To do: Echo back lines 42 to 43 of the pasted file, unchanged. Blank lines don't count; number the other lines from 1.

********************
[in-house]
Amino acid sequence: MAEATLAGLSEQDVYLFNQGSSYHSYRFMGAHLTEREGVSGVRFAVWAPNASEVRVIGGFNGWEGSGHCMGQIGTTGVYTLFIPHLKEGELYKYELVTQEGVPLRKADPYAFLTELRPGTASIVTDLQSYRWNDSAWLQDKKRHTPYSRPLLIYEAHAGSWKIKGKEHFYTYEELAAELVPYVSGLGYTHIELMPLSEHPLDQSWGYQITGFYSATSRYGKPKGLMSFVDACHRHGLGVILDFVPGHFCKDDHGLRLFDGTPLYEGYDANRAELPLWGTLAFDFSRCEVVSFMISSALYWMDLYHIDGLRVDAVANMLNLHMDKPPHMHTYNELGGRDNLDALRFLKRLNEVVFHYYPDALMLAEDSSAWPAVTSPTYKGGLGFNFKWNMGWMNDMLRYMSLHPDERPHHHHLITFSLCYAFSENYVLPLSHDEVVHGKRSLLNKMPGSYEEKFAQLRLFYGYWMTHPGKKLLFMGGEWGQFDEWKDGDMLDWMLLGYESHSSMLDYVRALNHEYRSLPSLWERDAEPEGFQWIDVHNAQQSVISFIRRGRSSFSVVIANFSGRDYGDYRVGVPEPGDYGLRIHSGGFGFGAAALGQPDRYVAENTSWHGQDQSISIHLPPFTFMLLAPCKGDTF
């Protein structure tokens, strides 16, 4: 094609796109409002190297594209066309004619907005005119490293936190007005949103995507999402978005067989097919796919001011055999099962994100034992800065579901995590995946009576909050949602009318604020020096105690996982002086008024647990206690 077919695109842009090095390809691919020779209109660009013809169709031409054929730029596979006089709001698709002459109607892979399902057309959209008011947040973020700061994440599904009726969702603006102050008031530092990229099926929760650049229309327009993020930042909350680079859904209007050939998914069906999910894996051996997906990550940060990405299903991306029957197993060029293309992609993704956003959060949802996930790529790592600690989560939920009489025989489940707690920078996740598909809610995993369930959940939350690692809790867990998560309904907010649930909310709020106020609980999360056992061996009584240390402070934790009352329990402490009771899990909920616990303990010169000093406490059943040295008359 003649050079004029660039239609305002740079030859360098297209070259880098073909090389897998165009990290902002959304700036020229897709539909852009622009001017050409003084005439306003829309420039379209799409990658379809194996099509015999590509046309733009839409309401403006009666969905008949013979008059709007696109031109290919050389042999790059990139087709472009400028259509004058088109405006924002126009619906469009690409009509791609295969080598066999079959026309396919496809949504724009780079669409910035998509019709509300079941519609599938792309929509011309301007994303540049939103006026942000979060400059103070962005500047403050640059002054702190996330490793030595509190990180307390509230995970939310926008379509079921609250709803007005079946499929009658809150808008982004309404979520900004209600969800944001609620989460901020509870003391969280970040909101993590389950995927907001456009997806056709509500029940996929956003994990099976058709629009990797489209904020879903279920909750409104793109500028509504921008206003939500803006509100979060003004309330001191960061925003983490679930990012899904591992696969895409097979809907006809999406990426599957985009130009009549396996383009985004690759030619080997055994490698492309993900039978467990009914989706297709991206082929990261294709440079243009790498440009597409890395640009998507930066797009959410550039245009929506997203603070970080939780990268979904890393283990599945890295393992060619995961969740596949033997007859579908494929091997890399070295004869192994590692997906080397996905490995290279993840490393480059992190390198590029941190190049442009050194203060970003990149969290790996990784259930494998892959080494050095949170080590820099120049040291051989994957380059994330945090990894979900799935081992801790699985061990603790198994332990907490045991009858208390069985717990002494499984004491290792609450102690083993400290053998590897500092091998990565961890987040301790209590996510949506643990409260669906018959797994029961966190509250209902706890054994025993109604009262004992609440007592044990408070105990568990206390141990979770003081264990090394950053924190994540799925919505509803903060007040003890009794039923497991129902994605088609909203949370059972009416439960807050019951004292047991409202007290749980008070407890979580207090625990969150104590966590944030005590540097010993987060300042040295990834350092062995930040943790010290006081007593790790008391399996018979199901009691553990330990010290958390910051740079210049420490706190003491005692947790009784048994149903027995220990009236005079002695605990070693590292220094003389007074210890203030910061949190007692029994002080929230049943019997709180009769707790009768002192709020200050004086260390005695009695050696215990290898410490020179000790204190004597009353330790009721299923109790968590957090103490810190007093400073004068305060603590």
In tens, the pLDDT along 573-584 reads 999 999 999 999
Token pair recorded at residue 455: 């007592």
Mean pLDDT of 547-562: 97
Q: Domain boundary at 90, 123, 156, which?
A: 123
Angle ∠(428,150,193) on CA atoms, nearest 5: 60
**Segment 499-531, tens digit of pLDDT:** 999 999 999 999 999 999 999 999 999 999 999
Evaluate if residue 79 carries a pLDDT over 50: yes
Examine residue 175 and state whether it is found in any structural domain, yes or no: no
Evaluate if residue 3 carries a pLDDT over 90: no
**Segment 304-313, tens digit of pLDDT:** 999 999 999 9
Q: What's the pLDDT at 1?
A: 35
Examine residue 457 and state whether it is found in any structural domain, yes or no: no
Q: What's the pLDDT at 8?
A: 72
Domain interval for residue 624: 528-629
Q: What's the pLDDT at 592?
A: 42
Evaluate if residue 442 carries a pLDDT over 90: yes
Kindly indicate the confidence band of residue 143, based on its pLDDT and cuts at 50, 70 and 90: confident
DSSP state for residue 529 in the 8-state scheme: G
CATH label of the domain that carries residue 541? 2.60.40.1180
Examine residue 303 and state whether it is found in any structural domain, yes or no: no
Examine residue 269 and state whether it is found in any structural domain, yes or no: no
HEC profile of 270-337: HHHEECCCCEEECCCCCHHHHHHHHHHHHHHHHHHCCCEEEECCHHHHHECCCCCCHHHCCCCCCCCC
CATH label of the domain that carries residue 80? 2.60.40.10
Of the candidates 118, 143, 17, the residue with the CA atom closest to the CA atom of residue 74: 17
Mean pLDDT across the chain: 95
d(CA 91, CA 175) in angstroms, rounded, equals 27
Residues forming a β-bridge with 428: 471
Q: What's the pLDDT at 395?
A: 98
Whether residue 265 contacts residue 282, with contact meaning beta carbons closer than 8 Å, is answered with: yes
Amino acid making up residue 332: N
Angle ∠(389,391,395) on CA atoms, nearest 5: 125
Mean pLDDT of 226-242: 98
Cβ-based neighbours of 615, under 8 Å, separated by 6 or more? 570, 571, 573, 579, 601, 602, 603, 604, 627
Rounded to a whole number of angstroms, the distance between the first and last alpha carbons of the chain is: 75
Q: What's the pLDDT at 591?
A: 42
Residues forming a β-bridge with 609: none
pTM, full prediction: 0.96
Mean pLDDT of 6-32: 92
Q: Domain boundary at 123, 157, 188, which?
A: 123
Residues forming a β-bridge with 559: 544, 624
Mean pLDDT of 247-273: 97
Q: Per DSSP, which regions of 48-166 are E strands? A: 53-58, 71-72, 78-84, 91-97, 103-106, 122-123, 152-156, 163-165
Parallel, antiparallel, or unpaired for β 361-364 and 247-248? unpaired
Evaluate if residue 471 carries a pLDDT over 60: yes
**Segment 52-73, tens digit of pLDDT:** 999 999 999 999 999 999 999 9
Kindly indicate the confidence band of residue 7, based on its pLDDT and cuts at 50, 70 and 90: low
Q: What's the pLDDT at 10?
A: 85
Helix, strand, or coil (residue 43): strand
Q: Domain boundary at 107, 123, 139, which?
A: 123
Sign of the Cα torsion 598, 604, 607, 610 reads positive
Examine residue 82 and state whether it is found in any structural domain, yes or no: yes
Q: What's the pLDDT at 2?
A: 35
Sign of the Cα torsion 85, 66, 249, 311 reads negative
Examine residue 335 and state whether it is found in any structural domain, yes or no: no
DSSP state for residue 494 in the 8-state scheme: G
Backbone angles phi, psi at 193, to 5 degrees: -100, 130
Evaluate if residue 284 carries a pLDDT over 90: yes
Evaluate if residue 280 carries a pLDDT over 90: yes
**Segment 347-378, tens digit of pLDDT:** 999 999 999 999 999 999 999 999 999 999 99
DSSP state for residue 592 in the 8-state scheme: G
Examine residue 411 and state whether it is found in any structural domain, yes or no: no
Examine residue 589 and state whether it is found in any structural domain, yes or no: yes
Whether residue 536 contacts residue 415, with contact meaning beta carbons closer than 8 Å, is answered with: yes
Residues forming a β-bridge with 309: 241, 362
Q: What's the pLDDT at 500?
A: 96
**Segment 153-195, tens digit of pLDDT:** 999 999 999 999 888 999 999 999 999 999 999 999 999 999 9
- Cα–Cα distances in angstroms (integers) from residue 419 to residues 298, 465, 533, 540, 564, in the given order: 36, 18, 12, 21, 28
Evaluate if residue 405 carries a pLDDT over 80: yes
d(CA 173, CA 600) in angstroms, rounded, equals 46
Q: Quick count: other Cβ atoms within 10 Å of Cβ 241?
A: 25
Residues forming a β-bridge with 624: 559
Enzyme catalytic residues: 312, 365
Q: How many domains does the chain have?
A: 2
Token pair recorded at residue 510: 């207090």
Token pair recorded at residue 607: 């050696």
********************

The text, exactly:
Rounded to a whole number of angstroms, the distance between the first and last alpha carbons of the chain is: 75
Q: What's the pLDDT at 591?